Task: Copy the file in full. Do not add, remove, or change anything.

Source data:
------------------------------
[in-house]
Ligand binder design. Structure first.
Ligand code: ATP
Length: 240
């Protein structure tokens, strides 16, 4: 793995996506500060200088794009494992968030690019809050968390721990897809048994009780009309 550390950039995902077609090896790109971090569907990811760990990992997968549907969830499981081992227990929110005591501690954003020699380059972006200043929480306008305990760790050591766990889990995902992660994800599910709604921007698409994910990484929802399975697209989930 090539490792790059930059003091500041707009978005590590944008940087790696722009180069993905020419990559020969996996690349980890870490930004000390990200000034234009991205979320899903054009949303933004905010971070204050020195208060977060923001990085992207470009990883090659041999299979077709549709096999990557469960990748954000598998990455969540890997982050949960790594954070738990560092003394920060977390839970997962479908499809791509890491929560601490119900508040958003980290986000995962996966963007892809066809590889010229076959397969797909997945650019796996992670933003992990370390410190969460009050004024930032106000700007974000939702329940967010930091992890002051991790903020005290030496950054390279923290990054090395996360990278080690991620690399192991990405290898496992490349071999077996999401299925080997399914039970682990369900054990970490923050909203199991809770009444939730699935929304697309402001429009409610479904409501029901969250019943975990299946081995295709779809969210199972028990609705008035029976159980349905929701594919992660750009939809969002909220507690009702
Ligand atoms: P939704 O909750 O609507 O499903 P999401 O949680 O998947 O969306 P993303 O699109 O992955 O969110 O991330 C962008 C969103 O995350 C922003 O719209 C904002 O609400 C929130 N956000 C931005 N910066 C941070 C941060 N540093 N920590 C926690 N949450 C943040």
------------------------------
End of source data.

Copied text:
[in-house]
Ligand binder design. Structure first.
Ligand code: ATP
Length: 240
């Protein structure tokens, strides 16, 4: 793995996506500060200088794009494992968030690019809050968390721990897809048994009780009309 550390950039995902077609090896790109971090569907990811760990990992997968549907969830499981081992227990929110005591501690954003020699380059972006200043929480306008305990760790050591766990889990995902992660994800599910709604921007698409994910990484929802399975697209989930 090539490792790059930059003091500041707009978005590590944008940087790696722009180069993905020419990559020969996996690349980890870490930004000390990200000034234009991205979320899903054009949303933004905010971070204050020195208060977060923001990085992207470009990883090659041999299979077709549709096999990557469960990748954000598998990455969540890997982050949960790594954070738990560092003394920060977390839970997962479908499809791509890491929560601490119900508040958003980290986000995962996966963007892809066809590889010229076959397969797909997945650019796996992670933003992990370390410190969460009050004024930032106000700007974000939702329940967010930091992890002051991790903020005290030496950054390279923290990054090395996360990278080690991620690399192991990405290898496992490349071999077996999401299925080997399914039970682990369900054990970490923050909203199991809770009444939730699935929304697309402001429009409610479904409501029901969250019943975990299946081995295709779809969210199972028990609705008035029976159980349905929701594919992660750009939809969002909220507690009702
Ligand atoms: P939704 O909750 O609507 O499903 P999401 O949680 O998947 O969306 P993303 O699109 O992955 O969110 O991330 C962008 C969103 O995350 C922003 O719209 C904002 O609400 C929130 N956000 C931005 N910066 C941070 C941060 N540093 N920590 C926690 N949450 C943040």